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Finding Reduced Basis for Lattices Ido Heskia Math/Csc 870

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Due to: A.K. Lenstra H.W. Lenstra L. Lovasz LLL Algorithm Introduction

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A Lattice 1. 2.

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Let n be a positive integer. A subset L of the n-dimensional real vector space is called a lattice if there exists a basis b1,b2,…,bn of such that The bi’s span L. n is the rank of L. We will consider only

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Constructing lattices:

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Determinant of L: The bi’s are written as column vectors. Apparently, this positive real number doesn’t depend on the choice of the basis.

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Let be linearly independent. Suppose it is a basis for We perform the Gram-Schmidt process: b1 b2 00 L 0

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Similarly, define: Forms an orthogonal basis of L Dividing by shortens our vectors.

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A basis b1,..,bn of a lattice is called reduced if : 1) for 2) * ¾ can be replaced by any ¼

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Applications Factoring polynomials with rational coeffecients For example: Lives in

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An irreducible polynomial over a field is non-constant and cannot be represented as the product of at-least 2 non-constant Polynomials. Reducible (over ): Irreducible:

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How to find, for a given non-zero polynomial in its decomposition into Irreducibles? Factor primitive polynomials (gcd of all coeffecients of f is 1) Into irreducible factors in Use LLL

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Simultaneous Diophantine approximations Given, and Find such that: Or

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Cryptography For given positive Do there exist such that: (is s a subset sum of the mi’s)?

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Sums of squares Every prime that is 1mod4 can be written as sum of two squares. Those squares are found using LLL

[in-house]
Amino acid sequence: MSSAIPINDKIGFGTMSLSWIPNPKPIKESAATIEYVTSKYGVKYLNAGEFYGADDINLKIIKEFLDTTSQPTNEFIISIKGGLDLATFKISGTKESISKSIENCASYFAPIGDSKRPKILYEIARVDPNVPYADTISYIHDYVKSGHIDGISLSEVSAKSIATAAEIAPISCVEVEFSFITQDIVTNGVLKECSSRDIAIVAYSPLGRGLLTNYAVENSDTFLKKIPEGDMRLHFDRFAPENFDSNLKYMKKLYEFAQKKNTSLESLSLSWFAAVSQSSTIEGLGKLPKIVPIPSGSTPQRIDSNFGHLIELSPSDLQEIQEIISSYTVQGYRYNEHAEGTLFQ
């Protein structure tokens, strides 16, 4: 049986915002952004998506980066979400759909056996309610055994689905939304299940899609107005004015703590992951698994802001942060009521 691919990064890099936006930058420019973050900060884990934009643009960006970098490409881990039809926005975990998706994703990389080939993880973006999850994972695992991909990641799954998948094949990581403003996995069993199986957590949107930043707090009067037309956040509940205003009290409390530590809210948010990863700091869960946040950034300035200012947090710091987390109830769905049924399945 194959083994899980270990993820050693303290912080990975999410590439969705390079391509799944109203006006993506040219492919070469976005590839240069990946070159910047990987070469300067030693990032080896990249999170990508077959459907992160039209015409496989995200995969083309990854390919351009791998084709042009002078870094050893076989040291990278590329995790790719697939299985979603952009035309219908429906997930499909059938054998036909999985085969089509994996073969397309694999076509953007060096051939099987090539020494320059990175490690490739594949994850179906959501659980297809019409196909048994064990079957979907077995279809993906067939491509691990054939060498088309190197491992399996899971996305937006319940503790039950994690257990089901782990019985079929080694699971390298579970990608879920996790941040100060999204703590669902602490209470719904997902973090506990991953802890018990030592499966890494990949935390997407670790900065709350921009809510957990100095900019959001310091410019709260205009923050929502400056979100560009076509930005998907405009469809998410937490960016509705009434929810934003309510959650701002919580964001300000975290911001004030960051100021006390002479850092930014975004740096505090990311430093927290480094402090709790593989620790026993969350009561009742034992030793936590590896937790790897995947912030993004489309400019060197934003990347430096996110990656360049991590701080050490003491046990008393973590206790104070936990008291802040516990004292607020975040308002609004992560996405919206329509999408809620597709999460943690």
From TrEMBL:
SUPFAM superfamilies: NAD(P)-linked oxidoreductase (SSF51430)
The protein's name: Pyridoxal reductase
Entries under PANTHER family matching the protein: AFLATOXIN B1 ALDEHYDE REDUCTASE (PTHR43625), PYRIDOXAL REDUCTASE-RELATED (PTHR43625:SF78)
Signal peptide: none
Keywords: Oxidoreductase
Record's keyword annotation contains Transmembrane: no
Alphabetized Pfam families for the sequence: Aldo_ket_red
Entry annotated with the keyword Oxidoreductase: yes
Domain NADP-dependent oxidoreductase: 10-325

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abc Conjecture For define the radical (That’s the product of distinct prime factors of a,b,c). suppose gcd(a,b,c)=1. abc conjecture: For every x>1 there exists only finitely many a,b,c with gcd(a,b,c) = 1 and a + b = c such that The search for examples uses LLL

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Proposition: B1,bn are reduced basis for a lattice L in b1*, bn* defined as before. Then: 1. 2. 3. 4. (i.e. the 1 st vector is “reasonably” short). Reduced basis, what is it good for?

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Algorithm.doc Example.doc

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Algorithm terminates: so each is a pos. real number D changes only if some bi* is changed, which only occurs at case 1 of the algorithm. The number is reduced by a factor of ¾ since is, while the other di’s are unchanged. Hence D reduced by factor of ¾.

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di’s are bounded from below which bounds D from below. So there’s an upper bound for # of times we pass through case 1.

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In end of case 1, k = k-1 End of case 2, k = k+1 Start with k = 2, and So # of times we pass through case 2 Is at most n-1 more than the # of times we pass through case 1, Hence the algorithm terminates.

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Complexity: Initialization step with rationales: # of times pass through case 1: # of times pass through case 2: Case 1 requires operations Case 2 we have values of p Each requires operations

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Hence we get a total of Operations. Polynomial Time.

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References: Factoring Polynomials with Rational Coeffecients -- A.K. Lenstra, H.W. Lenstra, Jr. and L. Lovasz A Course in Convexity -- Alexander Barvinok Lattice Basis Reduction Algorithms and Applications -- Matthew C. Cary Some Applications of LLL -- http://www.math.ru.nl/~bosma/onderwijs/voorjaar07/compalg8.pdf http://www.math.ru.nl/~bosma/onderwijs/voorjaar07/compalg8.pdf Linear Algebra with Applications -- Otto Bretcher Lattices -- www.cs.tau.ac.il/~safra/ACT2/Lattices.ppt www.cs.tau.ac.il/~safra/ACT2/Lattices.ppt

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